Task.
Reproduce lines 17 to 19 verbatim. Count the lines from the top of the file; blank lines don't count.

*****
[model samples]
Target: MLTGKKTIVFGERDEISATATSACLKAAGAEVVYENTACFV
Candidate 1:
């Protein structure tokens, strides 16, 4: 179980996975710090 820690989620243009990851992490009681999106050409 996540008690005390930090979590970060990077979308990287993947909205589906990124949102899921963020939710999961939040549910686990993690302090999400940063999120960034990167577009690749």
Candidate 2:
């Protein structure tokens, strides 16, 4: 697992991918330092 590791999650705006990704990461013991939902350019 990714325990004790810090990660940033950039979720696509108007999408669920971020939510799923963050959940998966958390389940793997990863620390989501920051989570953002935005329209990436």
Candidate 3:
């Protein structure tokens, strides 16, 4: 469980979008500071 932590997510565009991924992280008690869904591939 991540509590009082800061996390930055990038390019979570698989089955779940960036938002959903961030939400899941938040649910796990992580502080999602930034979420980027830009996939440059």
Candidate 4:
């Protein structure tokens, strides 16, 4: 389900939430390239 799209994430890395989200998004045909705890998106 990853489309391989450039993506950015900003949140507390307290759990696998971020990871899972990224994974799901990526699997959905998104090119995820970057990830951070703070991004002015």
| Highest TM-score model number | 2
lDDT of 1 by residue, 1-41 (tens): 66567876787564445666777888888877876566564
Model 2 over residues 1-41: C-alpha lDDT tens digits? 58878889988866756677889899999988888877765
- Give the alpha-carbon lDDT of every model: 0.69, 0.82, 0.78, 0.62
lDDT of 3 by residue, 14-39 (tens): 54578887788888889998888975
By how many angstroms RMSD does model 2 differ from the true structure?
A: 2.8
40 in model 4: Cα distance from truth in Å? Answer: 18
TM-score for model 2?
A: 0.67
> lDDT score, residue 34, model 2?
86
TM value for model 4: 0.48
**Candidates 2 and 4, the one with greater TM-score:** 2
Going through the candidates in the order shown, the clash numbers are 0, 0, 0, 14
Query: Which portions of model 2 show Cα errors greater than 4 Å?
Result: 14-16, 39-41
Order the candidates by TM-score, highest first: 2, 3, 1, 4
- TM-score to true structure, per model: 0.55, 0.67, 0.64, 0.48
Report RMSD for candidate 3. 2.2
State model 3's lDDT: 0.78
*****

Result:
A: 2.8
40 in model 4: Cα distance from truth in Å? Answer: 18
TM-score for model 2?